Ha! Ha! Some here knowing me, will tease me still about my 2007-09 mistake into a 900 pound made in India single cylinder cast iron lump engine. A 1930’s British clone engine I got just to woodgas as the “perfect” engine. Sigh. I admit with the cross continent shipping cost I lost $1000. to finally bail out on that mistake.

Seriously if you got this cheap enough then you have to decide woodgas use it up woodgas learning on it; take the risks as maybe a learning tool write off. Or with the current Prepper and Sandy interest markets turn it for a dime now while still running and move on.

Really, really consider pulling the engine on this and template out the crank flange and bell housing to see if you would keep it to find out NOW if a 70’s Ford Pinto 2000CC SOHC German four would bolt up useable. If so then “Use this one up. Wear it out” knowing you could then “Make Do” later. As it sits now you are not having anymore to “Do Without” power for you and yours now.
And THAT is a very good thing!

Steve unruh

Thanks Steve.

I looked on the Kohler site a few weeks back and could not find the repair manual for this one. I suppose it is too old of a model for them.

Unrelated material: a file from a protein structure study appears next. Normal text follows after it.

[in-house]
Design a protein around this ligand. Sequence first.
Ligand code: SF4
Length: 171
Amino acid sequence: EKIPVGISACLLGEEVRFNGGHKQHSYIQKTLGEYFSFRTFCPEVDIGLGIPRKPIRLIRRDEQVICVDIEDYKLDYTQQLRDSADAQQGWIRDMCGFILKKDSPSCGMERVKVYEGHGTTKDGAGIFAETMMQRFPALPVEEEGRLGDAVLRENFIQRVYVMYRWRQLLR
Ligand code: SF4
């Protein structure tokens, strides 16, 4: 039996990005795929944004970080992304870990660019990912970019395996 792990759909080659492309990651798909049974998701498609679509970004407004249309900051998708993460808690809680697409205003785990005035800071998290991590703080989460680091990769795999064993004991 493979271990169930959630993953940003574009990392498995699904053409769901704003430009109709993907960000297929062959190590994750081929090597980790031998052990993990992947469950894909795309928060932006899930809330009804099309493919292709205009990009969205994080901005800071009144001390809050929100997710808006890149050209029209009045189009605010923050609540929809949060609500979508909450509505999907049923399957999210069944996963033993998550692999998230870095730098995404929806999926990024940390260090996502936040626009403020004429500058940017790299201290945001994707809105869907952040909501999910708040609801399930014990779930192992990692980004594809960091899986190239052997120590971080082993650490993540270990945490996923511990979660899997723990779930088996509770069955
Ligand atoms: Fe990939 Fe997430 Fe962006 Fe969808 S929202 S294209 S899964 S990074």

I found out from a friend that the engine is used in several different agricultural applications including Bobcats. So parts should be readily available for it.
The carb is gas but it is supposed to also be propane of NG. Some parts are missing to run on gaseous.
There is a control box that also controls the throttle electronically. Some wires have been cut so I need to verify control board and governor function.
This engine uses a 5 bolt flywheel, newer 1.3 liters use a 6 bolt. I will take a template when I pull it apart.
If all else fails I should be able to still use the generator with any number of engines I have laying around.

Go to the Kolher engine forum at smokstak.com